In one video after another this year, we've seen police stops of African American drivers go violently, terribly wrong. Think of Walter Scott, killed by a police officer in North Charleston, S.C., after a traffic stop for a broken tail light. Or Sandra Bland, pulled over for failure to signal a lane change, and after a confrontation with a Texas state trooper, hauled off to jail, where she died. Or Samuel Dubose, fatally shot by a University of Cincinnati police officer after being pulled over for a missing license tag.
They should never have been stopped by police at all. Nor should the vast majority of Americans pulled over in our national ritual of the traffic stop.
In a unanimous but highly regrettable 1996 decision, Whren vs. United States, the Supreme Court held that any traffic infraction can justify a police stop, even if the officer's actual motive is "pretextual" — that is to say, the officer really wants to search for drugs and weapons in the car because of the "profile" of the driver. Given the countless violations all drivers commit daily — exceeding the speed limit, staying too long in the passing lane, following too closely — the effect of Whren is that police are almost completely shielded from legal review of their decision to stop a driver.
But minor traffic violations, by definition, pose no significant immediate threat and represent only a marginal increase in risk to road safety. On the other hand, every stop brings a substantial danger to the law enforcement officer: Car and motorcycle accidents and being struck by vehicles are a leading cause of death in the line of duty. Stops also produce a significant risk of escalation and confrontation, with tragic outcomes.
We do not need to accept the traffic stop as the price of public safety. I have driven many miles in other countries, and I have never seen a traffic stop of the sort that I witness nearly daily in California. While precise data are difficult to secure, Americans experience police traffic stops at a rate of about 9,900 per 100,000 citizens, according to a Justice Department survey. By contrast, government reports in England and Wales show traffic stops occur at a rate of only about 2,200 per 100,000; and in France, 2,760 per 100,000. My calculations for Spain, based on its raw number of citations, is about 3,000 per 100,000.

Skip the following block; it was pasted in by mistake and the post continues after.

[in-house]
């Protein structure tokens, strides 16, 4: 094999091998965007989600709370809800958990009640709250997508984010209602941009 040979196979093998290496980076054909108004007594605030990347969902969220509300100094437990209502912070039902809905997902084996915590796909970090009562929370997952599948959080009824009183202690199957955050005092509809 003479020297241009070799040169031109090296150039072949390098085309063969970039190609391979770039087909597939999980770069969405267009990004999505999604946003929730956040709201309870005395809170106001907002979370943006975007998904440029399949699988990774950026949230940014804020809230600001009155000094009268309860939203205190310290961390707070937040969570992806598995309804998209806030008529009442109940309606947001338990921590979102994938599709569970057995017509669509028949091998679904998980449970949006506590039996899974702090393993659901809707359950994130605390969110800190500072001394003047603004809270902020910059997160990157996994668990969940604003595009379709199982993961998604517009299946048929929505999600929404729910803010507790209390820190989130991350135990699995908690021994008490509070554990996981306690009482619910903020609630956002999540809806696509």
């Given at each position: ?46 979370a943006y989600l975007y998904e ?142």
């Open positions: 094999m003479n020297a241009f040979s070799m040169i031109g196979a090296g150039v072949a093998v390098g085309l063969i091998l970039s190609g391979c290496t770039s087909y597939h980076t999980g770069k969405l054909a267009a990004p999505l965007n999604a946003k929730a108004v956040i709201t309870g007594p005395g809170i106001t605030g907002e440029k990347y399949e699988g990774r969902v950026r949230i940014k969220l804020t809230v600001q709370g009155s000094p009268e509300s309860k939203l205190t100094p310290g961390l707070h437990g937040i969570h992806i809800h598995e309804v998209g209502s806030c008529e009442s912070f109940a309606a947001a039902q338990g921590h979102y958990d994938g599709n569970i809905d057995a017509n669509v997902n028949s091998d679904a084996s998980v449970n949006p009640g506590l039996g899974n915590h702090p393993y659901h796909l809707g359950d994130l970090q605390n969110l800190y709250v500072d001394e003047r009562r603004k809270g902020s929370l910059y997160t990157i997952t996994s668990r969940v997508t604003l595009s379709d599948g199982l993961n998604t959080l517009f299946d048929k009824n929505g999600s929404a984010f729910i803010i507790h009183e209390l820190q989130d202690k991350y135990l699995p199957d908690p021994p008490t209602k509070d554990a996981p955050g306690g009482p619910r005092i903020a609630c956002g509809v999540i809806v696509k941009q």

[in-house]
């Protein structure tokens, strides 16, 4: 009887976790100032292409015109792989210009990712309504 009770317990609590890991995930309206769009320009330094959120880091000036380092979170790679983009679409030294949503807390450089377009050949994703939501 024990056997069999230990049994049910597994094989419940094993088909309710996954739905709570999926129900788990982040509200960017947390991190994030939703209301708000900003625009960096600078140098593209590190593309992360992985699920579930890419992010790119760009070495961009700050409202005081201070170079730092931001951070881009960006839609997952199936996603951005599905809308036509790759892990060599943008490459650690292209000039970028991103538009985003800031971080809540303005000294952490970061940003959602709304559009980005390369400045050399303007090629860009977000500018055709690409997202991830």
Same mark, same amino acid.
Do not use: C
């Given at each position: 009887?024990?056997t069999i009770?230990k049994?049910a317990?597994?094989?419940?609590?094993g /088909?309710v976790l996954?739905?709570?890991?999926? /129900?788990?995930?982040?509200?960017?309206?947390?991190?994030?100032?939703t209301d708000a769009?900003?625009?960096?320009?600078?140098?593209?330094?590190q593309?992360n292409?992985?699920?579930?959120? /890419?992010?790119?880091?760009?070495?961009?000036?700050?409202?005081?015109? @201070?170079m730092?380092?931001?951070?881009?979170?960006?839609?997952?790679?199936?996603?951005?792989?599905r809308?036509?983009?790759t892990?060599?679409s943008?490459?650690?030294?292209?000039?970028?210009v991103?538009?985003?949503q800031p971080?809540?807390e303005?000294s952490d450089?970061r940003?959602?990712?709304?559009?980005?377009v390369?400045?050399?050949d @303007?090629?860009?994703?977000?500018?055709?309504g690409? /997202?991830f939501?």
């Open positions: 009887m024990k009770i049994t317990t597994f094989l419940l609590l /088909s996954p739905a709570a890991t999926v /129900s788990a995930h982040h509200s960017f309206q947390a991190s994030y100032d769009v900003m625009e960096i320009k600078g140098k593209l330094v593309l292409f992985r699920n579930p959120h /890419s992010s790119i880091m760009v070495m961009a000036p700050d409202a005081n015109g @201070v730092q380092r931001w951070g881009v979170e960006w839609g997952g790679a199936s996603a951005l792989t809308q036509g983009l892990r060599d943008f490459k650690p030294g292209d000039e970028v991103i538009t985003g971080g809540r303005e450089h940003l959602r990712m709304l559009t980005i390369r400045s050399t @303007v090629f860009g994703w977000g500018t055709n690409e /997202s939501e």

The remarkable fact is that fewer traffic stops do not result in more fatal accidents, according to World Health Organization data. The above-mentioned countries, which have aggressive driving cultures, have 40% to 60% of the U.S. fatal accident rate, despite traffic stops being made 20% to 30% as often.
One reason for this divergence is that these countries, like many others, enforce their speeding laws primarily through radar systems that automatically generate tickets. Red-light cameras also account for a significant proportion of fines. The benefit of camera systems is not only that they permit more extensive enforcement of laws against genuinely dangerous driving behavior, but they do so without racial bias. No camera has ever Tased or shot an unarmed driver.
Americans, both politically progressive and conservative, are coming to realize that aspects of our criminal justice policies put us out of step with the developed nations we regard as peers, from our apparent tolerance of rampage shootings to our system of mass incarceration. Traffic stops too are more typically associated with countries with notoriously corrupt police forces, where they are the pretext for a shakedown.
Indeed, the Department of Justice's report on the police department in Ferguson, Mo., made clear that traffic stops were used primarily as a means of milking minority drivers (who are less likely to contest their citations) for traffic fines.
So no legitimate concern with road safety compels us to continue with the traffic stop, even if it is legally permissible. Any municipal police chief can simply undertake a quiet, and easily reversible, experiment: Reserve the traffic stop for objectively and imminently dangerous road behaviors, and observe the effects on crime rates and traffic accidents. Local, state and federal government also could encourage the use of red-light and speed cameras, which would surely issue as many or more tickets as traffic patrol officers.
Any purported benefit of frequent traffic stops — for example the slim chance of apprehending wanted criminals — has to be set off against the resentment they engender.
Curtailing traffic stops wouldn't solve the problem of police violence against blacks and Latinos, but it would reduce exposure to "driving while black" harassment and the collateral harms of the legal process. Police could concentrate their efforts on serious crime and immediate safety risks while traffic engineers implemented alternative ways to improve road safety. And all citizens could enjoy more freedom from overzealous and unproductive policing.
Christopher Kutz is a professor of law in the Jurisprudence and Social Policy Program at UC Berkeley Law School.